Police surveillance of cell phone location data: Supreme Court versus public opinion

Emma W. Marshall, Jennifer L. Groscup, Eve M. Brank, Analay Perez, Lori A. Hoetger

Research output: Contribution to journalArticlepeer-review

2 Scopus citations


The Fourth Amendment to the US Constitution protects individuals from unreasonable searches and seizures. As technology evolves, courts must examine Fourth Amendment concerns implicated by the introduction of new and enhanced police surveillance techniques. Recent Supreme Court cases have demonstrated a trend towards reconsidering the mechanical application of traditional Fourth Amendment doctrine to define the scope of constitutional protections for modern technological devices and personal data. The current research examined whether public opinion regarding privacy rights in electronic communications is in accordance with these Supreme Court rulings. Results suggest that cell phone location data is perceived as more private and deserving of protections than other types of location data, but the privacy of other types of information recorded on cell phones is valued even more than location data. These results have implications for the police and courts considering how the Fourth Amendment will apply to smart phone technologies.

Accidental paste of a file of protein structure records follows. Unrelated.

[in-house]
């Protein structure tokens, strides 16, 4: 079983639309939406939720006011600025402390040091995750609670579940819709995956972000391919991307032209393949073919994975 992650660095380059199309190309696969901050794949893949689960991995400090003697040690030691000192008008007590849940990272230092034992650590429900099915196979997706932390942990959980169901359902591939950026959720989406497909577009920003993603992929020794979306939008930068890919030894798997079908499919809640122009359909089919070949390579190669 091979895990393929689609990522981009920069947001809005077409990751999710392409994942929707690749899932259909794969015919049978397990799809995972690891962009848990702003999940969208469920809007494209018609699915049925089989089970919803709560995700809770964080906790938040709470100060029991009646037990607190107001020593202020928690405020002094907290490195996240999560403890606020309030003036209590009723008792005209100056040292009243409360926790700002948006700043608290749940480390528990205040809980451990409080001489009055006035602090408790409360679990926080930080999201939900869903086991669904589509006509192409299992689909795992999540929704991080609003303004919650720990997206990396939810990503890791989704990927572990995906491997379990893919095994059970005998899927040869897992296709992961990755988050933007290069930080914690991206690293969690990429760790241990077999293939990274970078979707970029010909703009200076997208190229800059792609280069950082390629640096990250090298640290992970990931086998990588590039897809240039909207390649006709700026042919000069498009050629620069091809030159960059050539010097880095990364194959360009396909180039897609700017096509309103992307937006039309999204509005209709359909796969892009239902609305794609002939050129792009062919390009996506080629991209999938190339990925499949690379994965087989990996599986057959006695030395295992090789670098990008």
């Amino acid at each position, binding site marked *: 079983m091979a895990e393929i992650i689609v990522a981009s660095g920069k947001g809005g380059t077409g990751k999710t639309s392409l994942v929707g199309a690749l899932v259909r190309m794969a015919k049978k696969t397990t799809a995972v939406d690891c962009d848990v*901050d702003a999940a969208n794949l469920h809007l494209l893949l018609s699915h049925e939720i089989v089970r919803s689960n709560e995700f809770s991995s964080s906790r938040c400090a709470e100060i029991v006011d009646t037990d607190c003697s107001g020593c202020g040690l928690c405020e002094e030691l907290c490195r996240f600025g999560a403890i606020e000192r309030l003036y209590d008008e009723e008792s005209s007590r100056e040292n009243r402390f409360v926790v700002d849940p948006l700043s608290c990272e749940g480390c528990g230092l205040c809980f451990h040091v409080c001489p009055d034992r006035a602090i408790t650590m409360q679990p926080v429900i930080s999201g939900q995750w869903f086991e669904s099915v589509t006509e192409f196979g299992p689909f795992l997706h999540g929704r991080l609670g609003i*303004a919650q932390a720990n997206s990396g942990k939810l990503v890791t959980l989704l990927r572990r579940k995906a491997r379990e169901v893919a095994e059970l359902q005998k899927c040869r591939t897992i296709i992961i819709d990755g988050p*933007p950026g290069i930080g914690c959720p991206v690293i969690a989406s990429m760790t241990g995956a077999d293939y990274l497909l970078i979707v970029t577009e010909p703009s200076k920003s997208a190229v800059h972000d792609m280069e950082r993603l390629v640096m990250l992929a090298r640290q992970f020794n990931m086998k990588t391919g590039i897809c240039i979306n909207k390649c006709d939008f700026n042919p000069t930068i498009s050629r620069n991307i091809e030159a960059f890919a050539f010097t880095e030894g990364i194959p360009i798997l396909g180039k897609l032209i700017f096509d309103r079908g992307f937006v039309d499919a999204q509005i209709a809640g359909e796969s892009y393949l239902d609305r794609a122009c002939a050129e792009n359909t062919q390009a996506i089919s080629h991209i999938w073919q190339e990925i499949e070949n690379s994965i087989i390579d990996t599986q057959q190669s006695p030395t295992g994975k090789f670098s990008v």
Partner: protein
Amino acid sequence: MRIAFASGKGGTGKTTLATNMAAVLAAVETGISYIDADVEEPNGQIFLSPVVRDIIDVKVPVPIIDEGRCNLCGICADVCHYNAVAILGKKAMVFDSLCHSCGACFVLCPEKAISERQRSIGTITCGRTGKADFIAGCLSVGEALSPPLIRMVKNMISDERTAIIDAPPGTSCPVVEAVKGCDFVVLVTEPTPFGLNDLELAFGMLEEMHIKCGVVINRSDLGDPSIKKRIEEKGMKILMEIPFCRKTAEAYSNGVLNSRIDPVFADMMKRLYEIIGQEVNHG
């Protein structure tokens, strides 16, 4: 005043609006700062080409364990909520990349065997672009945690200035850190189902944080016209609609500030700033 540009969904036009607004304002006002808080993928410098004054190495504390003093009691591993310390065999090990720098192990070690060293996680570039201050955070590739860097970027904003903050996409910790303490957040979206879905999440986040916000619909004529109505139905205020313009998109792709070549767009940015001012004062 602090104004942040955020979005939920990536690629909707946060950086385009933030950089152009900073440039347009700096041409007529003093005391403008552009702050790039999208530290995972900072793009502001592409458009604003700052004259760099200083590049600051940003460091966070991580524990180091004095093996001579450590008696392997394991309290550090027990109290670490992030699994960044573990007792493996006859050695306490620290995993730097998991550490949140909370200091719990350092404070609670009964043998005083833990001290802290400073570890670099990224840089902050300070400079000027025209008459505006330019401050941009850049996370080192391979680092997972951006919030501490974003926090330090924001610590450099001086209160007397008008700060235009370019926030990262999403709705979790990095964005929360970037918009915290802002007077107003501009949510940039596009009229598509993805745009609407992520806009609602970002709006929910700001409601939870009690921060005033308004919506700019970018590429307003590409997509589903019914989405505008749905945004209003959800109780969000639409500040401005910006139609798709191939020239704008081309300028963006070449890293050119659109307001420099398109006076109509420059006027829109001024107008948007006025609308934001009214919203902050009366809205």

Original languageEnglish (US)
Pages (from-to)751-775
Number of pages25
JournalBehavioral Sciences and the Law
Issue number6
StatePublished - Nov 1 2019

ASJC Scopus subject areas

  • Clinical Psychology
  • Psychiatry and Mental health
  • Law


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